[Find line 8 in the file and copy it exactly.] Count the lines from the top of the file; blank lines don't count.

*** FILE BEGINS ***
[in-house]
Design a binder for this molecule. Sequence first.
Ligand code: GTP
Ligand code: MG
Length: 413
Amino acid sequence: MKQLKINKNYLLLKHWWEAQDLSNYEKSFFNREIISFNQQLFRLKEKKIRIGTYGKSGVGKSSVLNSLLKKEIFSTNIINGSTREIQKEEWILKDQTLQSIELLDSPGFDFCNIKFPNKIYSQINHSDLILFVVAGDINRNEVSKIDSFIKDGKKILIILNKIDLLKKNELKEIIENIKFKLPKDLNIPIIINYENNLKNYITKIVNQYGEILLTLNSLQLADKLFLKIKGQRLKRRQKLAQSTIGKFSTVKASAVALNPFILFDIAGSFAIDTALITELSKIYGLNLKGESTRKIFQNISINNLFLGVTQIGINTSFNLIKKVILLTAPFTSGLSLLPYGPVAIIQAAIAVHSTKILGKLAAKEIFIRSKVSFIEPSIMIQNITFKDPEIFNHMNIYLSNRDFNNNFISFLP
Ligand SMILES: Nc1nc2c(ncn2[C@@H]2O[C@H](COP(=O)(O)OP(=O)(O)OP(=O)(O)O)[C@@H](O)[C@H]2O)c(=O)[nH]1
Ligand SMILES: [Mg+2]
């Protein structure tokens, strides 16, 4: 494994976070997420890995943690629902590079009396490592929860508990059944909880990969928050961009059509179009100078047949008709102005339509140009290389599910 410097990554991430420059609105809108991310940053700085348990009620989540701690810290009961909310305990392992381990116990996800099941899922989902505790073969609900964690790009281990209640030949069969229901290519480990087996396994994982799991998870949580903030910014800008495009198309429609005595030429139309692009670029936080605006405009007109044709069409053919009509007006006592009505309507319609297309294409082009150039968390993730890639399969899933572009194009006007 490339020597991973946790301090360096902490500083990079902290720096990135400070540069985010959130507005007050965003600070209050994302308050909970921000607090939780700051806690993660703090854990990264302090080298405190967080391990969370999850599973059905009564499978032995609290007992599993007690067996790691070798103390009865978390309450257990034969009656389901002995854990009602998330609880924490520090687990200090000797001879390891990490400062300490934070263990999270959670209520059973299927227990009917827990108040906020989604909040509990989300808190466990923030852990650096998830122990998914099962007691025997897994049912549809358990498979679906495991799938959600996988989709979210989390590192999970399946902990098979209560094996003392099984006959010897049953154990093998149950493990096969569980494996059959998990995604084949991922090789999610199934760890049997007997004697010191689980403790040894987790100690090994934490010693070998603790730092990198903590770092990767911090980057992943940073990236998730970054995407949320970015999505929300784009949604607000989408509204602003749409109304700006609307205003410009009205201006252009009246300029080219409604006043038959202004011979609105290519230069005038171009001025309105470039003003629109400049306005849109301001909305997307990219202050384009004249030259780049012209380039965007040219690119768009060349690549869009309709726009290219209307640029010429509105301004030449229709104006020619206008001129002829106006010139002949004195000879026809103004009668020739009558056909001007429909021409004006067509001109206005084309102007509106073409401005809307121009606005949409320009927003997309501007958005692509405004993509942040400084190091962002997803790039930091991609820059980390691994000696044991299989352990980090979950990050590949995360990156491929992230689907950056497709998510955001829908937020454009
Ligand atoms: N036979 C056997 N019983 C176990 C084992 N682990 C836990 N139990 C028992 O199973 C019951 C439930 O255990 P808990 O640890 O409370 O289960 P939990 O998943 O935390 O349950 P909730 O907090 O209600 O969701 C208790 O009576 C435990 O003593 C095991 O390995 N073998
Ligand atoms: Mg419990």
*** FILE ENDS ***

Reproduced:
Ligand SMILES: [Mg+2]